Harry Armitage



Seeing the history page of the WYO web site for the first time was quite nostalgic for me. My first piano teacher, from 1959 to 1968, was the Margaret Hine who conducted the forerunner Junior Orchestra. In addition, I remember both Barry Sharkey and Michael Sutcliffe from the times I spent playing with the Westmorland Orchestra whilst still at school and (occasionally) whilst at university.


I must have joined the WYO with my trombone in 1968, aged 13, shortly before the retirement of Louise Brothers, as I have only vague memories of attending a small number of rehearsals conducted by her in Ghyllside Primary School. My recollection is of an orchestra at that time of predominantly string players, with a small number of woodwind players, virtually no other brass, and one percussionist. At that time I had probably only been learning to play the trombone for two years and felt very lost, feeling I had joined an ensemble where everyone else seemed to know what they were doing. There was no recognised teacher of trombone in the area during the time I attended secondary school and I remained an entirely self-taught player until I went to university.


I joined the Westmorland Orchestra perhaps a year or two later, and kept playing with the WYO until 1972, when I went to Manchester University to read Physics. I look back on my five years with the WYO with fondness, remembering it developing significantly under Barry Sharkey. By the time I was due to move on, I can recall sitting alongside a couple of budding trumpeters and one French horn player, but I was still the only trombone player at rehearsals!


Once at university, I seemed to play in anything and everything I could. I joined the University Orchestra on bass trombone (Wednesday evening rehearsals), the Music Societyís own Chamber Orchestra (Wednesday afternoons), a student big band (Tuesday night), and my hall of residence even had its own chamber orchestra that rehearsed on Monday evenings. With friends we formed a brass ensemble which rehearsed every Thursday evening and often gave lunchtime concerts. Trying to fit in some physics around all the rehearsals was difficult.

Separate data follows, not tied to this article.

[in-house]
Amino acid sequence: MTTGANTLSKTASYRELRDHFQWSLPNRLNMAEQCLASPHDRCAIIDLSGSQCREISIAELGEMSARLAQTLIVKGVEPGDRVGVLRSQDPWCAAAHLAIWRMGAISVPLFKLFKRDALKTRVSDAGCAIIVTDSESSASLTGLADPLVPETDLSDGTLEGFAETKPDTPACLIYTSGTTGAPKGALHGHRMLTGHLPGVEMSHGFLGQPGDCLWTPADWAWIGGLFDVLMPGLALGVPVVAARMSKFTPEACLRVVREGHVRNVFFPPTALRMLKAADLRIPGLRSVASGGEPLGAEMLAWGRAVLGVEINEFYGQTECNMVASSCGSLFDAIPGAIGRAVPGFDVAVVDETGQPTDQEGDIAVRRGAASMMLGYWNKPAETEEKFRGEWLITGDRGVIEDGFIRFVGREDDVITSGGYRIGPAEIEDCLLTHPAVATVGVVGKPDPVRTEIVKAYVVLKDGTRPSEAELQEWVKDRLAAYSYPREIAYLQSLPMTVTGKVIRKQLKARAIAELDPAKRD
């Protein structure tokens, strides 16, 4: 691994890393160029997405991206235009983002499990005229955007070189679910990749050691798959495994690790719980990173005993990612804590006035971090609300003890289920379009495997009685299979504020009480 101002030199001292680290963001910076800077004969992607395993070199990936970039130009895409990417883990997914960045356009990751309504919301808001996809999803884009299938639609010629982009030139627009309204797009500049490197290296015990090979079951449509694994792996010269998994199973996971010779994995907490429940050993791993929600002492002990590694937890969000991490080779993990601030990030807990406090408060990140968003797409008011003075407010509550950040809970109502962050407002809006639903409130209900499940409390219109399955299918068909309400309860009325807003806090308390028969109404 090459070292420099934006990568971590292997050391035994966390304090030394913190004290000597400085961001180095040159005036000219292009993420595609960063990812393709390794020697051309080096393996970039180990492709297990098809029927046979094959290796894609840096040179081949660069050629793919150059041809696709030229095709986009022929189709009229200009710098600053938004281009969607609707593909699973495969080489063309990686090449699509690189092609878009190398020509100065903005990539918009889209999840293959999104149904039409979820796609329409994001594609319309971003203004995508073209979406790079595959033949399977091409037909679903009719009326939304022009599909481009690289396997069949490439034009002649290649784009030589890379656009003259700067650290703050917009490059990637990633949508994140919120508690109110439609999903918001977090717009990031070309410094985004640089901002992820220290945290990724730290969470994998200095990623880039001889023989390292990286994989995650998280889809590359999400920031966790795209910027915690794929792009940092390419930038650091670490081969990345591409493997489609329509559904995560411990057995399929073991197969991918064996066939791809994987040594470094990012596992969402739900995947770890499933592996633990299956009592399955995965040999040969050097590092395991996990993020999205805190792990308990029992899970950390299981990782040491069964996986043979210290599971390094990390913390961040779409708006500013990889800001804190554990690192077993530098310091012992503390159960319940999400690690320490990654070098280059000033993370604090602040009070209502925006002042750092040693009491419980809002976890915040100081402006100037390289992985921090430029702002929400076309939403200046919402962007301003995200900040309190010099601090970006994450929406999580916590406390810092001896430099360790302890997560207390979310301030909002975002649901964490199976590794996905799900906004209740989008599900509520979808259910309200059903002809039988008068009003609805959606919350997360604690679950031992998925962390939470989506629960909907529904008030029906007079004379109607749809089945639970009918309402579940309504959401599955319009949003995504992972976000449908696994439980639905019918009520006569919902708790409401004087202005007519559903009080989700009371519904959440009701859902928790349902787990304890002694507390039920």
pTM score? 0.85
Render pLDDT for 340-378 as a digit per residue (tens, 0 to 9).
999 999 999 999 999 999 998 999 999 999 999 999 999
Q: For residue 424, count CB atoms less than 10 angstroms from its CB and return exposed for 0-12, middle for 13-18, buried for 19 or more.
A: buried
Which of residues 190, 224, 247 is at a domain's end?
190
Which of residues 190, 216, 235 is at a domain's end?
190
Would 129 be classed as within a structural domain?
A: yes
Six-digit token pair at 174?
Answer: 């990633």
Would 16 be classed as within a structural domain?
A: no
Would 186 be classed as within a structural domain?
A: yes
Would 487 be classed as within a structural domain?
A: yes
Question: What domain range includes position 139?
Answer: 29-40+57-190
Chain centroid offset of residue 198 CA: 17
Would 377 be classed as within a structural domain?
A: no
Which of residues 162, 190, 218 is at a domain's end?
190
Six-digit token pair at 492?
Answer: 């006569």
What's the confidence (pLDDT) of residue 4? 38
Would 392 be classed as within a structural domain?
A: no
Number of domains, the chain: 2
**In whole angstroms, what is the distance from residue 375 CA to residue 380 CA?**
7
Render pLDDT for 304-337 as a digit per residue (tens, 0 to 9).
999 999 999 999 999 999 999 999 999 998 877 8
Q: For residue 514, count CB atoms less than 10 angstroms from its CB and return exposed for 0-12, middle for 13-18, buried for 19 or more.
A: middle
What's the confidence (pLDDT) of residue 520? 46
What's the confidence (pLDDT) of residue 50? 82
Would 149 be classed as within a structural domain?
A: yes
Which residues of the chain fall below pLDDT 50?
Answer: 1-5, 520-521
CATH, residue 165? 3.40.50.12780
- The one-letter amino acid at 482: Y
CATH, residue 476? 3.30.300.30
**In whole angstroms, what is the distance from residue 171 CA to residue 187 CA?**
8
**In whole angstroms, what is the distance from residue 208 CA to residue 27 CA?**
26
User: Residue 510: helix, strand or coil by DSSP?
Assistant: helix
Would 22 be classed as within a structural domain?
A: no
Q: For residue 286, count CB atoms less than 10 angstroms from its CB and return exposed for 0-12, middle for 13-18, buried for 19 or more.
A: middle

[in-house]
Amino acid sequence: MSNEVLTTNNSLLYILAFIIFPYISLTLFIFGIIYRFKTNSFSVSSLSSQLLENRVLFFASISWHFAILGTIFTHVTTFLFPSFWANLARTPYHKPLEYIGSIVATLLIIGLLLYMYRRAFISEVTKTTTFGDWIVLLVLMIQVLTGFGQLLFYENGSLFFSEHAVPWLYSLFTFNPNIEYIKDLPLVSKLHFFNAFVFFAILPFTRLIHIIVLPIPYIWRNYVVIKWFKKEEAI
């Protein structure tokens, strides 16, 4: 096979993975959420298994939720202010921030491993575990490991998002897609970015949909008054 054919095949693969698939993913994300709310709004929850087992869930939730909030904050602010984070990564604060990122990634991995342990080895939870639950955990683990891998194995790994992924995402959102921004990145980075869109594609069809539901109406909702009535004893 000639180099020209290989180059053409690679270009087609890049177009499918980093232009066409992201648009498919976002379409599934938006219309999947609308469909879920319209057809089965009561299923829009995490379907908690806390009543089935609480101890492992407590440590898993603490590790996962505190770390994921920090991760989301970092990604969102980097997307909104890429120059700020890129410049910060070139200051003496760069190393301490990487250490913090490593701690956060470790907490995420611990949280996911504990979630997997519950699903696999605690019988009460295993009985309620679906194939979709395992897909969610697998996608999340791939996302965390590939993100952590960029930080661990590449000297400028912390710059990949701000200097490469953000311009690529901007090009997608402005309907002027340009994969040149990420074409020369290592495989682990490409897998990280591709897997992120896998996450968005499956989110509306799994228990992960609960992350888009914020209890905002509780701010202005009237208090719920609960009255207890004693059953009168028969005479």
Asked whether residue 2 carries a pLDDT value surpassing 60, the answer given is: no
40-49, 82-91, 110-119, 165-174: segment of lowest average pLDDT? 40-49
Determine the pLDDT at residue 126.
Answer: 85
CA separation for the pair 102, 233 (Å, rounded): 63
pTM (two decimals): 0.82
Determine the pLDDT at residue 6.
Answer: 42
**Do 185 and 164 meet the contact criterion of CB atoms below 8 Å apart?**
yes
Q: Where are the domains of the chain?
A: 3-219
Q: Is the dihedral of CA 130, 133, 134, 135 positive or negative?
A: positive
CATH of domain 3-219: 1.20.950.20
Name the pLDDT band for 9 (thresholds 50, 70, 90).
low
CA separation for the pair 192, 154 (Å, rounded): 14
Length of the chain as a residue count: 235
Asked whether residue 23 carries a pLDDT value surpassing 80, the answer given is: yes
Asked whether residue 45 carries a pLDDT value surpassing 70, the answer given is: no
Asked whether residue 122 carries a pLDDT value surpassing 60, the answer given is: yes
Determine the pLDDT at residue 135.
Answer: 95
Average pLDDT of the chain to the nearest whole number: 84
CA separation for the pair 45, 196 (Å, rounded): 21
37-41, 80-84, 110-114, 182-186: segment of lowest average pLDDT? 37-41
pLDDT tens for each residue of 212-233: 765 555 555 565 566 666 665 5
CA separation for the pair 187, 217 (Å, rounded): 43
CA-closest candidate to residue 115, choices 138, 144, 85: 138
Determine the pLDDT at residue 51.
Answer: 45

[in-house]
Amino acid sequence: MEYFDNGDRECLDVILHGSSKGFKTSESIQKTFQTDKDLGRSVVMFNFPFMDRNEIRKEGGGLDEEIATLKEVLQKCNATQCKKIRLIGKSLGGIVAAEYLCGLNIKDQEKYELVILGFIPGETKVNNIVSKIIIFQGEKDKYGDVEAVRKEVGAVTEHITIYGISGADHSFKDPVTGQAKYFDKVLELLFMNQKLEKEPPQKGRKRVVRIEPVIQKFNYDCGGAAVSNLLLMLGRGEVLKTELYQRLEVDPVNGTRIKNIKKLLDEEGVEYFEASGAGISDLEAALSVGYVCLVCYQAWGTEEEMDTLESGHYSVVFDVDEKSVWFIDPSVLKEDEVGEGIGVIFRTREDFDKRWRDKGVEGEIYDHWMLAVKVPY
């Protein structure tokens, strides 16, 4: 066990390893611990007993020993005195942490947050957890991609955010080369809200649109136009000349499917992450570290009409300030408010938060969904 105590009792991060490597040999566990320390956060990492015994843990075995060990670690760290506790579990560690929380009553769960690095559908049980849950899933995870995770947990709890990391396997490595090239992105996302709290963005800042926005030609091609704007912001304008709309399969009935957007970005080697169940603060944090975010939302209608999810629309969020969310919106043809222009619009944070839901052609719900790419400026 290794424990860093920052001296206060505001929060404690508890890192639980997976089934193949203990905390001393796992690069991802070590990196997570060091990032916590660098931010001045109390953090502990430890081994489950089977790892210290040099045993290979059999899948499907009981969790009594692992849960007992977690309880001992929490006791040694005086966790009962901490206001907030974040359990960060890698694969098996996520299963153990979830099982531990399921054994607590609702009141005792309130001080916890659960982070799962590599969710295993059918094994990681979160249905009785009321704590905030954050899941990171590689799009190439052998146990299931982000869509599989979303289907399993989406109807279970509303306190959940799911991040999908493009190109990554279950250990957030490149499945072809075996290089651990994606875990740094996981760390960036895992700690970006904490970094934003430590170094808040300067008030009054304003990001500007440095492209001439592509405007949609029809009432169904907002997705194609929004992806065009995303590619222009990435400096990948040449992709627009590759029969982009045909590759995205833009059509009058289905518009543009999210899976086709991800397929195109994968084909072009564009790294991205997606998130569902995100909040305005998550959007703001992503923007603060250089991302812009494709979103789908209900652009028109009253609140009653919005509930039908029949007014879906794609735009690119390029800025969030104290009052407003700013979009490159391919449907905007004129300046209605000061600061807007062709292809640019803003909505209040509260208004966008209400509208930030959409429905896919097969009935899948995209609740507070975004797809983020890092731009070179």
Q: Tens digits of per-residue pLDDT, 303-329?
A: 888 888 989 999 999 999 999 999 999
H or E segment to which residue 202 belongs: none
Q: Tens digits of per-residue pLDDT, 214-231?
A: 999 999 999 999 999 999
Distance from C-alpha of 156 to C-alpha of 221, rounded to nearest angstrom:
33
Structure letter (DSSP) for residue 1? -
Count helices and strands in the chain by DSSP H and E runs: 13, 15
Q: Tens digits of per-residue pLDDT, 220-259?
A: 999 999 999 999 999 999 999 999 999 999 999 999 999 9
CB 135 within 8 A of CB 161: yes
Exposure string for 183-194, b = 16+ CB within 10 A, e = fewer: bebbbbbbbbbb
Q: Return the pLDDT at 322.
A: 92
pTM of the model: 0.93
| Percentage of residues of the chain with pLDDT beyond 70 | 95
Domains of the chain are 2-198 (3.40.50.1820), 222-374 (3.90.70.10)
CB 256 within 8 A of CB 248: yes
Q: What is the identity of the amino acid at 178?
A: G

After graduating in 1975 I remained in Manchester and trained as a chartered accountant with KPMG. I qualified in 1978 and remained with KPMG, latterly as a senior manager, until 1988, when I joined GUS Group to set up an internal audit function for its Finance Division, and I have remained with GUS and its successor businesses since in various finance, accounting, and company secretarial capacities.


I met Cath, my wife in 1984. We married in 1986, moving in 1988 to our present house in Whitefield, on the South side of Bury, North Manchester. We have two children, Katie-Louise, born in 1989 and Susan, born in 1993: both play the piano, and Susan also plays clarinet, with the Bury Music Service Senior Concert Band.


After I graduated from university, I thought Iíd better concentrate on my accountancy studies, and so I practically gave up playing the trombone. I started playing again in 1984 by joining a local brass band (I thought it was the only way to get stamina back without lots of solitary practice at home), and from there I moved through another four brass bands of increasing standards in the next 13 years.


High points of my brass band career were playing in the finals of the National championships in London three times (once in the Royal Albert Hall), contributing to a couple of Radio 2 broadcast performances, and playing at the French National championships.


Unfortunately with brass bands, it seems that the better the standard of band, the higher the level of commitment that is required. A minimum of two rehearsals every week and around 30 playing engagements (concerts and contests) per year eventually proved family unfriendly and I stopped playing with brass bands.


Now I restrict myself to playing bass trombone with a 16-piece big band that only rehearses once a fortnight at most, and maybe only gives half a dozen performances a year. Unfortunately for me the Duncan MacFarlane Big Band rehearses in Kendal, but itís not really that far to travel from Manchester in the evening. My links with Duncan and that band, however, go back over 30 years to when I was student and the Brewery Arts Centre had just opened. Someone probably has one or two photographs kicking around somewhere of a scruffy long-haired student with a trombone playing with a big band in the Brewery in 1973 or 1974. If you have, it could be me.